Mr. Arnold F. Schaetzle, of Des Moines, Iowa, for petitioner. [323 U.S. 582, 583] Mr. Andrew D. Sharpe, of Washington, D.C., for respondent.
Mr. Justice MURPHY delivered the opinion of the Court.
Section 603 of the Revenue Act of 1932, c. 209, 47 Stat. 169, 261, Internal Revenue Code, 3401, 26 U.S.C.A. Int.Rev.Code, 3401, imposes on toilet preparations sold by manufacturers or producers an excise tax equivalent to stated percentages 'of the price for which so sold.' Petitioner was subject to this tax from October 1, 1936, to June 30, 1939, and has sought a refund of a portion of the tax paid on the ground that its selling and advertising expenses should have been excluded from the selling prices in computing the tax. The District Court after trial upheld this claim and awarded a refund, D.C., 52 F.Supp. 292, but the court below reversed that judgment, 8 Cir., 141 F.2d 380. The alleged conflict with the decisions of the Circuit Court of Appeals for the Seventh Circuit in Campana Corporation v. Harrison, 7 Cir., 114 F.2d 400, and Campana Corporation v. Harrison, 7 Cir., 135 F.2d 334, led us to grant certiorari.
The controversy here centers about Section 619(a) of the Act, 26 U.S. C.A. Int.Rev.Code 3441(a), which provides for the inclusion and exclusion of certain items in computing the selling price for purposes of the tax levied by Section 603 as well as various other sections. Section 619(a) states that, in computing the sales price,
Petitioner contends that advertising and selling expenses fall within the term 'other charge' appearing in the last sentence of Section 619(a) and hence are excludable in determining the selling price for tax purposes. This claim, however, is refuted by both the spirit and the letter of this statutory provision.
Congress sought in the Revenue Act of 1932 to use the manufacturer's or wholesaler's selling price, rather than the retail price, as the measure of the excise taxes imposed by Section 603. 75 Cong.Rec. 11383, 11657. Section 619(a) was designed to lay down specific rules for determining this selling price, especially in relation to costs incurred after the article itself had been manufactured. It provides for the use of the manufacturer's or producer's f.o.b. price at the factory or place of production. In essence, all manufacturing and other charges incurred prior to the actual shipment of an article and reflected separately or otherwise in the f.o.b. wholesale price are to be included in the sale price underlying the tax, while all charges incurred subsequent thereto are to be excluded. Hence any additional charge which a purchaser would not be required to pay if he accepted delivery of the article at the factory or place of production may be so excluded. See H.Rep. No. 708 (72d Cong., 1st Sess.) p. 37; S.Rep.No. 665, Part 3 (72d Cong., 1st Sess.) p. 3; H.Conf. Rep. No. 1492 (72d Cong., 1st Sess.) p. 22.
Advertising and selling expenses incurred by a manufacturer such as petitioner clearly fall within the class of charges which Congress intended to be included in the tax base. Regardless of whether we consider such ex- [323 U.S. 582, 585] penses technically as manufacturing costs, it is obvious that they are incurred prior to the actual shipment of articles to wholesale purchasers and that they enter into the composition of the wholesale selling price. Even if the purchaser accepts delivery at the factory, he pays for the advertising and selling expenses. Thus they must be included in the taxable sales price.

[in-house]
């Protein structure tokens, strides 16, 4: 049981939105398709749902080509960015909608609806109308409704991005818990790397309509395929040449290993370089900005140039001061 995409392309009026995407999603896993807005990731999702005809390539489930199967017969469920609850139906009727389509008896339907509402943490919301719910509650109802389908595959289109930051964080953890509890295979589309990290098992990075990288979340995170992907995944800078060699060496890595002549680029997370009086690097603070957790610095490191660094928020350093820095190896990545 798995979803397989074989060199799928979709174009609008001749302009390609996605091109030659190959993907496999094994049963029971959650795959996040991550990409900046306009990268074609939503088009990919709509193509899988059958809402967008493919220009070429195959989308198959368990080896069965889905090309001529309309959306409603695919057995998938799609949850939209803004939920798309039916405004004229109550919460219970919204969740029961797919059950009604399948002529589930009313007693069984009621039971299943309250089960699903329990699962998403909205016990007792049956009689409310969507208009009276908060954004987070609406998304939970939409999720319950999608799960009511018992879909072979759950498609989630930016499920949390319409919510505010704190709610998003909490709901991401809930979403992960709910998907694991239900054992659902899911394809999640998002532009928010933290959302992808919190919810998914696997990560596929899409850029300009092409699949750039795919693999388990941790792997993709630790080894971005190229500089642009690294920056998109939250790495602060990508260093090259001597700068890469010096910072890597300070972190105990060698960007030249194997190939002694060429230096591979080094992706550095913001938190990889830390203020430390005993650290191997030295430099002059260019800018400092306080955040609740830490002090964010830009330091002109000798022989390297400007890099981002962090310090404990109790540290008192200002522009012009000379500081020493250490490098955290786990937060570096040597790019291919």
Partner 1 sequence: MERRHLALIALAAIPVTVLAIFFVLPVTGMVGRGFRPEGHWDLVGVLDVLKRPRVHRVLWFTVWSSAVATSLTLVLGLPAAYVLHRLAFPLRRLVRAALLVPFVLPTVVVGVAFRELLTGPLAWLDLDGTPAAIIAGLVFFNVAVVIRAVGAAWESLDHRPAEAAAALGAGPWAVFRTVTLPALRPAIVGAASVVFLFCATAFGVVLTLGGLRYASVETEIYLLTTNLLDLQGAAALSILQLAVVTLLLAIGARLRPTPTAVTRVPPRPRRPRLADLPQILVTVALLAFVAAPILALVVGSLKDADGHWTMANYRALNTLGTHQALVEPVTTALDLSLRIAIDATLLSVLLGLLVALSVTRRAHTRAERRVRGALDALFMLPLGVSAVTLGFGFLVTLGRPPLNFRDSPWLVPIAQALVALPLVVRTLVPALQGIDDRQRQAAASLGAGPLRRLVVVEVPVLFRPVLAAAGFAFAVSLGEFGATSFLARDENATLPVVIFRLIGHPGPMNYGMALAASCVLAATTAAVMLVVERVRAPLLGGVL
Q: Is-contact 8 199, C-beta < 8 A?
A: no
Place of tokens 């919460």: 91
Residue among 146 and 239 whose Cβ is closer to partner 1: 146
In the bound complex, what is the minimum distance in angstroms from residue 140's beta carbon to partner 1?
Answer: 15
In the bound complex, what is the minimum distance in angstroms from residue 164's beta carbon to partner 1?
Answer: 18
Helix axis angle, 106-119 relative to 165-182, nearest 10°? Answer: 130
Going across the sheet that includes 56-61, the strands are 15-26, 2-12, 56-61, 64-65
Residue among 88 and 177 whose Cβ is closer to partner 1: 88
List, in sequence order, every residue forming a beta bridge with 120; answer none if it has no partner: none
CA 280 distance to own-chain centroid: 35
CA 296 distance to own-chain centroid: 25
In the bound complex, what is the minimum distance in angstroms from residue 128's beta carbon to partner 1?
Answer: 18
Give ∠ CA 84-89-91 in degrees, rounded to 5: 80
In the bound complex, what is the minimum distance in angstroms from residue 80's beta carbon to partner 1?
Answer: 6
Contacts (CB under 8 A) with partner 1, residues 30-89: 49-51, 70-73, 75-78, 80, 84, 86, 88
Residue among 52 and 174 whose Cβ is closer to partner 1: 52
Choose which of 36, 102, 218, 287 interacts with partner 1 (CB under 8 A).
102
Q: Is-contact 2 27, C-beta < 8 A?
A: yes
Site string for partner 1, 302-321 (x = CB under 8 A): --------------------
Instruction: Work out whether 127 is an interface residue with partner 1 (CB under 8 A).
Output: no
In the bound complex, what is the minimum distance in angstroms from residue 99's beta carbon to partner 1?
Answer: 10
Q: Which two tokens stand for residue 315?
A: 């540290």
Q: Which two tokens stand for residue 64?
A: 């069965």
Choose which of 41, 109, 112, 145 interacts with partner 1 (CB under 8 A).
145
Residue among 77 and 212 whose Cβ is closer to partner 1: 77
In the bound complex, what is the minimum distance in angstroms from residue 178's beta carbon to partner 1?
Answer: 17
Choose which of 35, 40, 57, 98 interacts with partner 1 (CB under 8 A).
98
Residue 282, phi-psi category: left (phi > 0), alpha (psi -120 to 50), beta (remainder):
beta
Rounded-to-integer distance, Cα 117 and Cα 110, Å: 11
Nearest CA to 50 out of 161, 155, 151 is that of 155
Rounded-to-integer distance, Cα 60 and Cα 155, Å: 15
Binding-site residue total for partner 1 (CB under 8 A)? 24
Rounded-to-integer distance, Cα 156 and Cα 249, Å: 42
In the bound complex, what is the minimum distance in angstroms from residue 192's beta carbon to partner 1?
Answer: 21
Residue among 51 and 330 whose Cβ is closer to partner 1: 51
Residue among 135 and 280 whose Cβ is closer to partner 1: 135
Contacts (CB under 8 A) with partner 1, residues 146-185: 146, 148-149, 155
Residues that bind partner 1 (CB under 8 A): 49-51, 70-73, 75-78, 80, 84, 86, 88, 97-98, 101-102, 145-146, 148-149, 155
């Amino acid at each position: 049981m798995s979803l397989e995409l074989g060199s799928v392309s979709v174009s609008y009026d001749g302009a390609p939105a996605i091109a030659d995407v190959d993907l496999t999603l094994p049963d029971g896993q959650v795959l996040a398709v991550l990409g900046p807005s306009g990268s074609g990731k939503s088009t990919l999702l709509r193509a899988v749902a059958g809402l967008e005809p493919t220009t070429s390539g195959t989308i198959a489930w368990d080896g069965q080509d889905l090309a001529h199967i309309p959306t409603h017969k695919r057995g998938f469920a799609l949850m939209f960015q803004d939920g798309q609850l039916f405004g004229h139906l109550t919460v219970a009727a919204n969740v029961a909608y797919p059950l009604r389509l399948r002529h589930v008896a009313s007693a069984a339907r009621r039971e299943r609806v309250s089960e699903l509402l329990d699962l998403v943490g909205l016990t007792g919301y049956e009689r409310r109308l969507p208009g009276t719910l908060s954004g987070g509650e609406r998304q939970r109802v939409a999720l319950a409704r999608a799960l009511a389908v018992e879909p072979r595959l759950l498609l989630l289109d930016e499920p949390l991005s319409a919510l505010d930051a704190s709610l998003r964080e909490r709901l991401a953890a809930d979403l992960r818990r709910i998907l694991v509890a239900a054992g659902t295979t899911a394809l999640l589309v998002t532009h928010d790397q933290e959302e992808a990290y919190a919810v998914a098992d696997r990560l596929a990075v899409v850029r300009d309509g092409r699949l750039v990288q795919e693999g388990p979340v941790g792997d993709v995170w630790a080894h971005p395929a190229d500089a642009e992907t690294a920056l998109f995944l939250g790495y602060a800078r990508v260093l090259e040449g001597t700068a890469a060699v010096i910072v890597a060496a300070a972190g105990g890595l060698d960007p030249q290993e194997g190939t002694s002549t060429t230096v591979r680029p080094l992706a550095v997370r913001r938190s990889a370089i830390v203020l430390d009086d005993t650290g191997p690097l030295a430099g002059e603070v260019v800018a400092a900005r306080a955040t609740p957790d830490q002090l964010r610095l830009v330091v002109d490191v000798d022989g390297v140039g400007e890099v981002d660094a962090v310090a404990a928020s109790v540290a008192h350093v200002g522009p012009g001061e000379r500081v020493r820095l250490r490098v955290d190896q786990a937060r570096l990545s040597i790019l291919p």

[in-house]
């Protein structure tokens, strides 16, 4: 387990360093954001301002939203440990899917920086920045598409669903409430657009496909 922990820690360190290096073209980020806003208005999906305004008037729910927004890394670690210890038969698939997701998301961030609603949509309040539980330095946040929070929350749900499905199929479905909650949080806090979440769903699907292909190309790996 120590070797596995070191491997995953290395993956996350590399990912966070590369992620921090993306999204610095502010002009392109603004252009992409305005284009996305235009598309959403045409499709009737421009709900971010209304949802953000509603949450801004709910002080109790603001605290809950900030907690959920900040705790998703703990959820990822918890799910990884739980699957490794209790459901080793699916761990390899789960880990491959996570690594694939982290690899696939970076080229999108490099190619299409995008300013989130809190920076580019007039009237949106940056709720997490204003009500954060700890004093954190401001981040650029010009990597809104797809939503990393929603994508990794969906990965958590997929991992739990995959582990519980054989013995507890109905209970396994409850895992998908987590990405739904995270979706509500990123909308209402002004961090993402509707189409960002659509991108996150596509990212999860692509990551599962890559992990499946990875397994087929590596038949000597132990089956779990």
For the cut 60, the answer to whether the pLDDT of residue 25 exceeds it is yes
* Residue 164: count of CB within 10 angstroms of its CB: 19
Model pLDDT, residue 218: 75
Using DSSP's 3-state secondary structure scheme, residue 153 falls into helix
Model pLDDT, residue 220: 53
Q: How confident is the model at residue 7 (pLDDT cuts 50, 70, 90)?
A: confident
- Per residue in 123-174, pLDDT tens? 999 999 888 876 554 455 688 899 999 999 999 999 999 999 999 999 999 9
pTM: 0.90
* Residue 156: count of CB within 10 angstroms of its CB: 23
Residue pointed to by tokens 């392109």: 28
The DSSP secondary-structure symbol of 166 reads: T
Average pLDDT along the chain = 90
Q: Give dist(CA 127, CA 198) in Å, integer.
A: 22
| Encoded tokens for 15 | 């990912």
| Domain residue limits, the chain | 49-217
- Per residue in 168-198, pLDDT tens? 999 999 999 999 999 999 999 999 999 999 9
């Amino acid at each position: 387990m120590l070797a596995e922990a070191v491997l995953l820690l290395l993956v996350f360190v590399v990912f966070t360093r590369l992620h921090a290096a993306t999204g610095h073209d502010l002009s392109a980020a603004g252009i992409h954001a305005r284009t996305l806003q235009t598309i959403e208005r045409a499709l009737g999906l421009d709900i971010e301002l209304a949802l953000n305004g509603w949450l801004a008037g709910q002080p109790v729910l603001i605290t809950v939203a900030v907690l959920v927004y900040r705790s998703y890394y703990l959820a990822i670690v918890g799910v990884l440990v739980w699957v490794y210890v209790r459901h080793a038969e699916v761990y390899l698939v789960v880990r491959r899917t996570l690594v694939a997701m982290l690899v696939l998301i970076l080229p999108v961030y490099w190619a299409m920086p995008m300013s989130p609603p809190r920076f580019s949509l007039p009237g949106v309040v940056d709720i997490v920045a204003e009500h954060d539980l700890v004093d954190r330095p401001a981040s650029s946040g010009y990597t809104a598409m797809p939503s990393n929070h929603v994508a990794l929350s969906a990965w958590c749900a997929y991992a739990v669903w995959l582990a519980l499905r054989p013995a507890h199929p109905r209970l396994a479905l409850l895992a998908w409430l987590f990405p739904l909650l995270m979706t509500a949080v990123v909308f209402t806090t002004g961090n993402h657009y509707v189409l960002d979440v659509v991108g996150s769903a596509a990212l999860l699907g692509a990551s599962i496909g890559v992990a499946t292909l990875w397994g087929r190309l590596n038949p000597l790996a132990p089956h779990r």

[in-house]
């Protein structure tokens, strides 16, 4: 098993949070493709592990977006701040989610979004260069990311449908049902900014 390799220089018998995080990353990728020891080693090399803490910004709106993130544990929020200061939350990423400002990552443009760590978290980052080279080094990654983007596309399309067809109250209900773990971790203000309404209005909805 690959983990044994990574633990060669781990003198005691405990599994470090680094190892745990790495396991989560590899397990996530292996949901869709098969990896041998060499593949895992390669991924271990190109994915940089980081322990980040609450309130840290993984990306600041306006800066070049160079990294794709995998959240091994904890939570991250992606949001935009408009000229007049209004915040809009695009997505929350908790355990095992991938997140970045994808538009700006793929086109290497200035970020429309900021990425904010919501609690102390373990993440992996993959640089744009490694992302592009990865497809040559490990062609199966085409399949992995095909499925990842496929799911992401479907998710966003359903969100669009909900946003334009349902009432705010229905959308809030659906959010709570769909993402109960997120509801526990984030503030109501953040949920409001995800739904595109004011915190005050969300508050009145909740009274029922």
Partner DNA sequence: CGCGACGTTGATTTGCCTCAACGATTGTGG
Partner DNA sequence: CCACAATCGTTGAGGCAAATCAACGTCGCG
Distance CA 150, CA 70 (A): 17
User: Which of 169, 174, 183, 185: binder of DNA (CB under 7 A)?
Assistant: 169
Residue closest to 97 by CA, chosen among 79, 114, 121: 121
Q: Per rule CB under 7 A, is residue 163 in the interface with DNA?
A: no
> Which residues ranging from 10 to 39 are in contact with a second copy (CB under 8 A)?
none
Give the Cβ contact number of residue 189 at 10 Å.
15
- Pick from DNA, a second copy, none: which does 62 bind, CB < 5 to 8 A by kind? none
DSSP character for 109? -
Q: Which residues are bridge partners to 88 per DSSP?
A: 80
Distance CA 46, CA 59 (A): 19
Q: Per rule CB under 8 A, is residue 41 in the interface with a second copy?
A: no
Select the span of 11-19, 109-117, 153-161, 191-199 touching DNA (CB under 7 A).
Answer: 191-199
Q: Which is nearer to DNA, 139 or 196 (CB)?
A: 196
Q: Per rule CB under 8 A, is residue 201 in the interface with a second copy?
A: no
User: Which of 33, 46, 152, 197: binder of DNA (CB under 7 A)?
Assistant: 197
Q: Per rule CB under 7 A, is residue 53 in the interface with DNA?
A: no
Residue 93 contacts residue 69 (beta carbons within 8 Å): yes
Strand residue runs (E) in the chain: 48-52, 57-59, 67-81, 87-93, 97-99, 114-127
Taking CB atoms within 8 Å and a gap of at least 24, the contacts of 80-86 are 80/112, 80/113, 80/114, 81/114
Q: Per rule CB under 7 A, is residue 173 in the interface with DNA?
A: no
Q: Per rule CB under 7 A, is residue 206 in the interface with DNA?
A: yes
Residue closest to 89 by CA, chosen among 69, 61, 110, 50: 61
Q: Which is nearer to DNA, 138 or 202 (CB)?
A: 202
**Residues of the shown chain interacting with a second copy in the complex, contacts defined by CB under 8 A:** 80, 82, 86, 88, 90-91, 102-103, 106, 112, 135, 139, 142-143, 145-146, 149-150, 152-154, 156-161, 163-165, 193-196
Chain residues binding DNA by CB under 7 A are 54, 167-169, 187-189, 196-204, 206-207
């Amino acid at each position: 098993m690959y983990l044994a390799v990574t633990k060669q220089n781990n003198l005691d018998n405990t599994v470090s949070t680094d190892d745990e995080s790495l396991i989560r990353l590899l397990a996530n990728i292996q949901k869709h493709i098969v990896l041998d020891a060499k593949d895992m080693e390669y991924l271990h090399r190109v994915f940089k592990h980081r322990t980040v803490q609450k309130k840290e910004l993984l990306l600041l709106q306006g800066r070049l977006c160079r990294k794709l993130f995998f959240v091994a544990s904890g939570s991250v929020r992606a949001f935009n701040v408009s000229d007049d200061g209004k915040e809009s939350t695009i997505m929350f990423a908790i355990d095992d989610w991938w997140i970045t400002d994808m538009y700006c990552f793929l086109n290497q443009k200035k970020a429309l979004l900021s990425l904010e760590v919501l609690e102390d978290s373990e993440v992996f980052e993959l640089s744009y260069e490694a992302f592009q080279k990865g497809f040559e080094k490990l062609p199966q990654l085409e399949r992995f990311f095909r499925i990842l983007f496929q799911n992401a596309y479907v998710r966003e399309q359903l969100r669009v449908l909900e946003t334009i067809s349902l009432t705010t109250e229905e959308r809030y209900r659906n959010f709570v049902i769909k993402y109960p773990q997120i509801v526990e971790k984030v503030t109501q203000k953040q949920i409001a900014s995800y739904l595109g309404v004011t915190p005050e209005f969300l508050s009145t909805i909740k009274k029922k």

The inclusion of these expenses is plainly warranted by the language of Section 619(a). Pre-shipment charges relative to coverings, containers and placing an article in condition for shipment are specifically included in the determination of the selling price. But a subsequent 'transportation, delivery, insurance, installation, or other charge' is to be excluded if properly established. In the setting of this case, no rule of reason or grammar justifies placing advertising and selling expenses within the meaning of this exclusionary sentence.
To begin with, advertising and selling expenses are obviously not comparable to the specified charges for transportation, delivery, insurance or installation-all of which are incurred subsequent to the preparation of an article for shipment and are not included in the manufacturer's f.o.b. selling price. Hence advertising and selling expenses cannot be encompassed by the term 'other charge' unless that term be taken to include charges entirely dissimilar to those specified. This term, however, was understood by its framers to mean 'like charges' or 'similar charges' to those specifically enumerated in the same sentence. H. Rep. No. 708 (72d Cong., 1st Sess.) p. 37; S.Rep. No. 665, Part 3 (72d Cong., 1st Sess.) p. 3; H.Conf.Rep. No. 1492 (72d Cong., 1st Sess.) p. 22. When this fact is added to the general intent of Congress to include all costs or charges incurred prior to shipment, the applicability of the ejusdem generis rule to the term 'other charge' becomes clear. This rule, which appro- [323 U.S. 582, 586] priately may be invoked here since it does not conflict with the general purpose of the statute, compare Securities and Exchange Commission v. C. M. Joiner Leasing Corporation 320 U.S. 344, 350 , 351 S., 64 S.Ct. 120, 123, with Smith v. Davis, 323 U.S. 111 , 65 S.Ct. 157, limits the 'other charge' to expenses similar in character to those incurred for transportation, delivery, insurance and installation. Since advertising and selling expenses arise prior to shipment and are necessarily components of the f.o. b. selling price, the term 'other charge' cannot cover them. 1 They must be included in the tax base. Such has been the consistent administrative construction of the statute, G.C.M. 21114, 1939-1 Cum.Bull. 351, 353. And such is the result made necessary by the accepted rules of statutory construction.